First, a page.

The classified ad ran in The Michigan Daily on Nov. 19, 1980. It read, “Wanted: Females who would enjoy the company of two curly haired young men.” It ended, “Call Randy or Matt.” And it gave just one phone number.
Fortuitously, Randy Harland and Matt Nerzig’s personal dating ad was the only one to run in the paper that day. It would not be long before whole pages of newspapers and magazines were devoted to the art of finding love through the personals. But on this day—which also happened to be Randy’s 19th birthday—the ad stood out for its content.
“We were pioneers at the time,” says Randy. “Not many people did this.”
Randy and Matt. Matt and Randy. The two had been best friends from their first days as freshmen in the Residential College and, in their sophomore year, were living in a house on Prospect Street. Though their first year of college had been fantastic, Matt recalls one area that was disappointing for both of them. “All the women we were connecting with seemed to be into older guys,” he says. As Randy puts it, “We were desperate.”
Hence the ad. “We had nothing to lose,” says Matt, though Randy remembers to this day the sting of spending $6 for it to appear. What the two did not discuss was what to do if the phone started ringing. “We were goofballs,” says Matt. “We had no system in place. But we didn’t really expect to get many calls.”
And they didn’t. “We got around 10, tops,” says Matt. Though one call led to a double date, the rest—which they took turns answering— went nowhere.
Until Dana Rose called.
“I saw the ad and thought ‘I know these guys from somewhere,’” recalls Dana, who was a sophomore at the time living in Alice Lloyd Hall. Within seconds of Randy answering, she realized they were not the Matt and Randy she knew. Despite a humorous, fun conversation with Randy, she hung up without giving her name. “Dana was an unusual name at the time, and U-M can be a smaller school than you think,” she says. “I didn’t want them to know who I was.”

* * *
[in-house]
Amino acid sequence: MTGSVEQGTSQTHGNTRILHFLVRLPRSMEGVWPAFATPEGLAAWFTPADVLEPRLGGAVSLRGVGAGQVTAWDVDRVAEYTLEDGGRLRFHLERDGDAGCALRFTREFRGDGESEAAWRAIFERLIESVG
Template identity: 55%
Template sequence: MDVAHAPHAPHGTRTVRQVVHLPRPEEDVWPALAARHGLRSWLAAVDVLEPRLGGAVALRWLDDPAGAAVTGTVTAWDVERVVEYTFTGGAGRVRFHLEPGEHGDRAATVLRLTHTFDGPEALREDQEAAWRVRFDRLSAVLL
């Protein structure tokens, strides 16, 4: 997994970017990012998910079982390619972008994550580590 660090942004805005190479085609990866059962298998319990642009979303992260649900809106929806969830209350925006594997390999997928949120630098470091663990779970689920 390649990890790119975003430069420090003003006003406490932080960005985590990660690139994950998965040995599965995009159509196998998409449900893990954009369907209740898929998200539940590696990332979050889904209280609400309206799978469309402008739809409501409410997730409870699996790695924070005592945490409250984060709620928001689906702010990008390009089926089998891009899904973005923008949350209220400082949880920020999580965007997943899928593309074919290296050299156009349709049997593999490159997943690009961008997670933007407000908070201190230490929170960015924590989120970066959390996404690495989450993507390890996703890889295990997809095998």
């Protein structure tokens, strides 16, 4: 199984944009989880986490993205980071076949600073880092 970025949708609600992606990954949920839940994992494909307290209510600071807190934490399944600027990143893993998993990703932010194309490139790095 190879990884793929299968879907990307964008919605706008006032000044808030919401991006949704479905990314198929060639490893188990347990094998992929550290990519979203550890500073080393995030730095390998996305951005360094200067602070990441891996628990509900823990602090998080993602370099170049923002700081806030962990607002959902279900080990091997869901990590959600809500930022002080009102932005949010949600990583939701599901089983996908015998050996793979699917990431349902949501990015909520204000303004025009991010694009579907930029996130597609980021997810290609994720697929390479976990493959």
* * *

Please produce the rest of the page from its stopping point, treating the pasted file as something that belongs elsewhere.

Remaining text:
A few days later, however, she called back. “I was dating another guy and it wasn’t working out and I thought, ’Why not call that Randy back?’” The two started talking regularly on the phone, though a dinner date at Bicycle Jim’s would not happen until Jan. 18, 1981, due to exams and the holidays.
Despite disparate upbringings—she grew up in the same house in Chicago, he grew up in India, Bahrain, and Kenya—the attraction was instant.
Their relationship bloomed through the spring and summer but came to a temporary halt when Randy left in the fall of his junior year to study in France. A Christmas reunion on the French Riviera solidified their commitment and the decision to marry following graduation in 1983.
Meanwhile, Matt remained single, despite dating, though Dana was now added to his circle of college friends and their story to both family’s repertoire.
“At graduation, Matt’s mother looked me up and down and then said, ‘So this could have been our wedding this summer,'” remembers Dana.
At the couple’s wedding in July, Matt (who was, not surprisingly, the best man) recalls Dana’s grandmother saying to him, “So if you had answered the phone you would be marrying my granddaughter today.”
Matt thinks they might have gone out had he picked up the phone, but Randy insists he would have fought Matt for Dana once he met her.
Twenty-five years after that ad, Matt married for the first time. Ironically, he met his wife of 13 years, Sharman Leventon, online. “The newspaper did not work out for me, but the internet did.” Even more fitting, Sharman is a 1991 U-M graduate.
Despite living in different parts of the country (Randy and Dana in Chicago, Matt and Sharman in Santa Fe, New Mexico), the four all remain close friends to this day.
“We might not have gotten a lot of volume out of that ad in terms of dates, but we certainly got quality finding Dana,” says Matt.
Jennifer Conlin is the deputy editor of Michigan Alumnus magazine. James McRae is the senior associate director of Camp Michigania.